*When I first encountered the works of J.W. Gibbs, I felt like a small boy who had found a book describing the facts of life.*

*T. von Karmann*

When people refer to “classical thermodynamics” with no context or qualifiers, they are generally referring to a subtopic of physical chemistry which deals with the mathematical transformations of energy and entropy in fluids. These transformations are subject to several constraints owing to the nature of state functions. This field was developed largely through the efforts of J.W. Gibbs during the late 1800’s (Gibbs was granted the first engineering Ph.D. in the United States in 1863). Our study focuses on three aspects of the field:

**1.** The fundamental property relation: *dU*(*S,V*) = *TdS* – *PdV*;

**2.** Development of general formulas for property dependence of nonmeasurable properties in terms of on measurable variables, e.g., temperature and pressure dependence of *U*, *H* in terms of *P*, *V,* and *T*;

**3.** Phase equilibrium: e.g., quality and composition calculations.

The fundamental property relation provides a very general connection between the energy balance and the entropy balance. It relates state functions to one another mathematically such that no specific physical situation is necessary when considering how the energy and entropy change. That is, it tells how one variable changes with respect to some other variables that we may know something about. We implicitly applied this approach for solving several problems involving steam, determining the properties upstream of a throttle from the pressure and enthalpy, for instance. In this chapter we focus intensely on understanding how to transform from one set of variables to another as preparation for developing general formulas for property dependence on measured variables.

Through “classical thermodynamics,” we can generalize our insights about steam to any fluid at any conditions. All engineering processes simply involve transitions from one set of conditions to another. To get from one state to another, we must learn to develop our own paths. It does not matter what path we take, only that we can compute the changes for each step and add them up. In Chapter 7, we present the insights that led van der Waals to formulate his equation of state, enabling the estimation of any fluid’s pressure given the density and temperature. This analysis also illuminates the basis for development of current and future equations of state. In Chapter 8, we show the paths that are convenient for applying equations of state to estimate the thermodynamic properties for any fluid at any state based on a minimal number of experimental measurements.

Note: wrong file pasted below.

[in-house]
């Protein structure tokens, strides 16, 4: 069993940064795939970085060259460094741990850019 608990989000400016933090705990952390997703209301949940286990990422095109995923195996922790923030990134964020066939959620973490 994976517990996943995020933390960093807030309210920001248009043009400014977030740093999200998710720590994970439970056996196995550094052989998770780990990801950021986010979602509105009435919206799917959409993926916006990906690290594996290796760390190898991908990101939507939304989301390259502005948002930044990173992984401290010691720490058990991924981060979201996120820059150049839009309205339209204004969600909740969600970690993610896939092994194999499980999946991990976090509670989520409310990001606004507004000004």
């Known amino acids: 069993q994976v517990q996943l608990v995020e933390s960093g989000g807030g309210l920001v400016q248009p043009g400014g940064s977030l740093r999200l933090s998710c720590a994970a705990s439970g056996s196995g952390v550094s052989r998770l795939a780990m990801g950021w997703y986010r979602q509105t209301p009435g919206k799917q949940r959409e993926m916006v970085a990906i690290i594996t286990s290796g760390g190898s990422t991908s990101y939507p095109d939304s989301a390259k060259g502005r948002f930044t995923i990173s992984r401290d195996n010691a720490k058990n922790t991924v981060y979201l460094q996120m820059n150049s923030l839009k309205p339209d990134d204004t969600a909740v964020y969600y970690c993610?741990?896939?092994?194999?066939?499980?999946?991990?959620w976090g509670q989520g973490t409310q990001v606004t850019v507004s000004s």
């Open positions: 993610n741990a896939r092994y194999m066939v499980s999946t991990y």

Finally, a part of property estimation involves calculating changes of thermodynamic properties upon phase transitions so that they may be used in process calculations (e.g., formation of condensate during expansion through a turbine and characterization of the quality). The generalized analysis of phase changes requires the concept of phase equilibrium and an understanding of how the equilibrium is affected by changes in temperature and pressure. The skills developed in this chapter will be integrated in a slightly different form to analyze the thermodynamics of non-ideal fluid behavior in Chapter 8.

**1.** Transform variables like *dU* into *dH, dA, dG, dS, dP, dV,* and *dT* given *dU* and the definition of *H, A,* and *G*. (e.g., Legendre transforms in Eqns. 6.5–6.7, Example 6.7).

**2.** Describe what is meant by a “measurable properties” and why they are useful.*

**3.** Apply the chain rule and other aspects of multivariable calculus to transform one derivative into another (e.g., Eqns. 6.11–6.17).

**4.** Use Maxwell relations to interchange derivatives.

**5.** Manipulate partial derivatives using two to three steps of manipulations to put in terms of measurable properties.

**6.** Substitute *C _{P}* and

**7.** Recognize common characterizations of derivative properties like isothermal compressibility and the Joule-Thomson coefficient and express them in terms of measurable properties.

**8.** Devise step-wise paths to compute Δ*U*(*T,V*) and Δ*S*(*T,P*) or Δ*S*(*T,V*) from their ideal gas and density dependent terms.

One equation underlies all the other equations to be discussed in this chapter. It is the combined energy and entropy balances for a closed system without shaft work. The only special feature that we add in this section is that we eliminate any references to specific physical situations. Transforming to a purely mathematical realm, we are free to apply multivariable calculus at will, transforming any problem into whatever variables seem most convenient at the time. Some of these relatively convenient forms appear frequently throughout the text, so we present them here as clear implications of the fundamental property relation changes in *U*.

We restrict our treatment here to systems without internal rigid, impermeable, or adiabatic walls, no internal temperature gradients, and no external fields. These restrictions comprise what we refer to as *simple* systems. This is not a strong restriction, however. Most systems can be treated as a sum of simple systems. Our goal is to transform the energy balance from extensive properties like heat and work to intensive (state) properties like density, temperature, and specific entropy. For this purpose, we may imagine any convenient physical path, recognizing that the final result will be independent of path as long as it simply relates state properties.

The energy balance for a closed simple system is